May 27, 1995


venue: Ventura Theatre
place: Ventura, CA
country: USA

Combining Best of Two Cultures : The Texas Tornados have attracted a loyal cross-cultural following with their blend of blues, country and rock.


A concert featuring the Texas Tornados should raise some dust at Ventura Theatre on Saturday.

Members of the Grammy Award-winning Tornados come from the San Antonio area and have been friends for more than 25 years. But they didn't join forces until 1989, when the quartet performed two nights as the Tex-Mex Revue at Boz Scaggs' San Francisco night spot. Soon afterward, Warner Bros. signed the band to record its unique mix of blues, conjunto, hard-core country and early rock 'n' roll.

The group's first album earned a Grammy Award for best Mexican-American performance on "Soy de San Luis," a conjunto classic by the late Santiago Jimenez Sr., legendary accordionist and father of Tornado member Flaco Jimenez. Conjunto is a blend of Mexican Norteno music and polka-waltz traditions imported by German and Czech settlers.

The 1991 followup single, "Zone of Our Own," scored a Grammy nomination for best country vocal performance by a group and attracted a loyal cross-cultural following. And the third Tornado record, "Hangin' On by a Thread," also displays the trademark energy and variety that fans and critics attribute to each band member's distinctive background.

Probably the best-known member is Freddy Fender, who parlayed success during the 1950s as "El Bebop Kid" into country balladeer fame with such million-sellers as "Before the Last Teardrop Falls" and "Wasted Days and Wasted Nights."

Childhood friends Augie Meyers, on keyboards, and Doug Sahm, on guitar, go back to the early '60s, when Sahm's band the Sir Douglas Quintet was cranking out pop rock hits. Flaco Jimenez on accordion has collaborated with the likes of Linda Ronstadt and Dwight Yoakam.

Here's what Fender had to say about the Texas Tornados:

With the attention "tejano" received after the death of singer Selena, many non-Spanish-speakers think it's simply the '90s politically correct word for Tex-Mex music. How about it?

Our stuff is not tejano , which is very beautiful and popular now. It used to be played by orchestras in the 1950s with big band sound, sophisticated organ, guitar and all those chords very well blended with regular polka music. But I would call our music Tex-Mex, gringo and Mexican combined, or Spanglish in reference to the south San Antonio area, where it developed as a bicultural musical endeavor using two languages.

The crossover trends between country music, rock, R&B and folk are driving radio program directors up the wall, and they recently created an American roots or "Americana" category, putting guys such as Tom Petty and Waylon Jennings on the same chart. Where do you guys fit in?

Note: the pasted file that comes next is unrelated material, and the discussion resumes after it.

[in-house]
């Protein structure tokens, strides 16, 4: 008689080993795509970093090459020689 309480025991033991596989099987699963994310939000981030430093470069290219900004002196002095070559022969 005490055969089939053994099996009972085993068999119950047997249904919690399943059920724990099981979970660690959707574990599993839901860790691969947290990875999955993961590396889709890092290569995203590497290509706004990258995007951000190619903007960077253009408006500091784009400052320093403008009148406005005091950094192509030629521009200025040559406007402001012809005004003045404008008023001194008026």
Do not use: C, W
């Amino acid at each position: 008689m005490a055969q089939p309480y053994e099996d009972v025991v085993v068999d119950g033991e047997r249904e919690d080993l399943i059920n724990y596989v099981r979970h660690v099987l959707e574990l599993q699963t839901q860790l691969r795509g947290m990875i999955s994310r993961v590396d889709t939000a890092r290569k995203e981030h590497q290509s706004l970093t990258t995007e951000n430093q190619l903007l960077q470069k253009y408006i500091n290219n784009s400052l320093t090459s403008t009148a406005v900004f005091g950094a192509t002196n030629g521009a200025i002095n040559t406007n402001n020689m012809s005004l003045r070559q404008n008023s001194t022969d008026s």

You can't categorize our music--it's unpredictable. We're like a juke box--just punch it in and we'll play it. The label wanted to make us commercial but we're too eclectic; it's not assembly line or factory produced. So the crossover idea came along after our second album, when the record industry didn't know what to do with a hybrid.

Speaking of commercial, each band member has his own albums and projects. But how do the Texas Tornados decide what to record?

You are listening to four very hard-headed individuals more interested in writing and recording what they want to do. It was never our intention to please the public--and it still isn't. But we've developed a following and we take for granted they like what we like.

As a Chicano musician who pioneered the way for Los Lobos and others, what was it like before radio program consultants dictated musical diets?

Ritchie [Valens] had a better chance in California because it was more progressive. Here in Texas, some people are still fighting the Alamo. We just tried to get a hit record before people realized they were listening to a Mexican singer.

At one time it was a fun thing. We used to cut a record and hustle the radio stations. We'd take the deejays for coffee, then go back and get the waitresses to call and request 'em to play the song. And you had to have a pickup, lose your mother and do time in the penitentiary to get career qualifications.

But those traditions are gone. Now it's more like a business where they get good-looking girls and good-looking men who could be models and pass them off as singers. And the promotion machine is planned like they're selling new cars.

But back when they didn't have videos and TV, it was the voice that mattered. And we had skinny singers, fat ones, ugly ones--even singers with pimples. But it was the voice --and everybody had a chance to make it.


* WHAT: Texas Tornados, The Last Real Texas Blues Band, the Rhythm Rangers.

* WHEN: 8 p.m. Saturday.

* WHERE: Ventura Theatre, 26 S. Chestnut St., Ventura.

* HOW MUCH: $19.50.

* CALL: 648-1888.